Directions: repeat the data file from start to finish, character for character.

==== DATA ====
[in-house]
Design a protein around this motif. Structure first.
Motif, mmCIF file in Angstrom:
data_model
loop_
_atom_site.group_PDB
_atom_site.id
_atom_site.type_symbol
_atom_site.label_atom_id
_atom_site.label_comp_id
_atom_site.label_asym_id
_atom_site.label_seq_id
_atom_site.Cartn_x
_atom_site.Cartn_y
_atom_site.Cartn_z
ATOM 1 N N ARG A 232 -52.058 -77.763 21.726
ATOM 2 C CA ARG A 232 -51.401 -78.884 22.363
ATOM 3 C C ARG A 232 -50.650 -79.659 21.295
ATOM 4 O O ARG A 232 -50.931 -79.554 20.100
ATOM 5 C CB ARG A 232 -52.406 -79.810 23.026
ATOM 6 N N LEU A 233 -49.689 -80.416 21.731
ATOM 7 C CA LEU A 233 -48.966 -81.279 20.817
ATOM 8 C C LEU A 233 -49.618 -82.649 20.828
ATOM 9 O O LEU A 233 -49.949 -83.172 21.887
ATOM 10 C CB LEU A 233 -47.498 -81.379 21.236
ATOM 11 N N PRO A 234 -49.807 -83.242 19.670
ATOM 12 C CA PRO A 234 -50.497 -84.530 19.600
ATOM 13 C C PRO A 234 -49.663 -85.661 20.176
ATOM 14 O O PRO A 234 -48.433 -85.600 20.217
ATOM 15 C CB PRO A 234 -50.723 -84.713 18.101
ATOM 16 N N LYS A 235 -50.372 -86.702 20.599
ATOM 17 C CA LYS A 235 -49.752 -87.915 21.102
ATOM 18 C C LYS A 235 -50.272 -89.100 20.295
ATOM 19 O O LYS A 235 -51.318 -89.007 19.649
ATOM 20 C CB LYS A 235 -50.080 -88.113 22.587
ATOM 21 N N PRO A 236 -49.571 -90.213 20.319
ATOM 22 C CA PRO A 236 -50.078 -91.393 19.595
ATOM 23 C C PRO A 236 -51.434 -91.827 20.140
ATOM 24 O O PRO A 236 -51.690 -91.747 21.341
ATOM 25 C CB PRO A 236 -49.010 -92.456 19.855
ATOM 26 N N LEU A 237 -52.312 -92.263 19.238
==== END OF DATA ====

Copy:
[in-house]
Design a protein around this motif. Structure first.
Motif, mmCIF file in Angstrom:
data_model
loop_
_atom_site.group_PDB
_atom_site.id
_atom_site.type_symbol
_atom_site.label_atom_id
_atom_site.label_comp_id
_atom_site.label_asym_id
_atom_site.label_seq_id
_atom_site.Cartn_x
_atom_site.Cartn_y
_atom_site.Cartn_z
ATOM 1 N N ARG A 232 -52.058 -77.763 21.726
ATOM 2 C CA ARG A 232 -51.401 -78.884 22.363
ATOM 3 C C ARG A 232 -50.650 -79.659 21.295
ATOM 4 O O ARG A 232 -50.931 -79.554 20.100
ATOM 5 C CB ARG A 232 -52.406 -79.810 23.026
ATOM 6 N N LEU A 233 -49.689 -80.416 21.731
ATOM 7 C CA LEU A 233 -48.966 -81.279 20.817
ATOM 8 C C LEU A 233 -49.618 -82.649 20.828
ATOM 9 O O LEU A 233 -49.949 -83.172 21.887
ATOM 10 C CB LEU A 233 -47.498 -81.379 21.236
ATOM 11 N N PRO A 234 -49.807 -83.242 19.670
ATOM 12 C CA PRO A 234 -50.497 -84.530 19.600
ATOM 13 C C PRO A 234 -49.663 -85.661 20.176
ATOM 14 O O PRO A 234 -48.433 -85.600 20.217
ATOM 15 C CB PRO A 234 -50.723 -84.713 18.101
ATOM 16 N N LYS A 235 -50.372 -86.702 20.599
ATOM 17 C CA LYS A 235 -49.752 -87.915 21.102
ATOM 18 C C LYS A 235 -50.272 -89.100 20.295
ATOM 19 O O LYS A 235 -51.318 -89.007 19.649
ATOM 20 C CB LYS A 235 -50.080 -88.113 22.587
ATOM 21 N N PRO A 236 -49.571 -90.213 20.319
ATOM 22 C CA PRO A 236 -50.078 -91.393 19.595
ATOM 23 C C PRO A 236 -51.434 -91.827 20.140
ATOM 24 O O PRO A 236 -51.690 -91.747 21.341
ATOM 25 C CB PRO A 236 -49.010 -92.456 19.855
ATOM 26 N N LEU A 237 -52.312 -92.263 19.238